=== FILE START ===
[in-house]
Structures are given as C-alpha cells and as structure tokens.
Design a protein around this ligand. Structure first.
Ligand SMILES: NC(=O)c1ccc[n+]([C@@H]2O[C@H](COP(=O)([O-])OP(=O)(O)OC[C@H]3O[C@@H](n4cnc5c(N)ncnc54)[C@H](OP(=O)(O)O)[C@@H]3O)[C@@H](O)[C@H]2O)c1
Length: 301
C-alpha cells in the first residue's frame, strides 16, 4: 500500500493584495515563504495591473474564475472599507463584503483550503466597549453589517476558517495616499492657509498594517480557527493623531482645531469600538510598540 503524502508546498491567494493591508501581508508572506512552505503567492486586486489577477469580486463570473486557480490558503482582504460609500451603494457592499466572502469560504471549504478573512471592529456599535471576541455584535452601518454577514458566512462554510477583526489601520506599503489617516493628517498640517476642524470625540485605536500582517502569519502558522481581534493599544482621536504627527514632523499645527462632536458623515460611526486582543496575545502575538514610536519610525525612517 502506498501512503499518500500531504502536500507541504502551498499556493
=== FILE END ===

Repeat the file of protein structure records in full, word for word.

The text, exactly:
[in-house]
Structures are given as C-alpha cells and as structure tokens.
Design a protein around this ligand. Structure first.
Ligand SMILES: NC(=O)c1ccc[n+]([C@@H]2O[C@H](COP(=O)([O-])OP(=O)(O)OC[C@H]3O[C@@H](n4cnc5c(N)ncnc54)[C@H](OP(=O)(O)O)[C@@H]3O)[C@@H](O)[C@H]2O)c1
Length: 301
C-alpha cells in the first residue's frame, strides 16, 4: 500500500493584495515563504495591473474564475472599507463584503483550503466597549453589517476558517495616499492657509498594517480557527493623531482645531469600538510598540 503524502508546498491567494493591508501581508508572506512552505503567492486586486489577477469580486463570473486557480490558503482582504460609500451603494457592499466572502469560504471549504478573512471592529456599535471576541455584535452601518454577514458566512462554510477583526489601520506599503489617516493628517498640517476642524470625540485605536500582517502569519502558522481581534493599544482621536504627527514632523499645527462632536458623515460611526486582543496575545502575538514610536519610525525612517 502506498501512503499518500500531504502536500507541504502551498499556493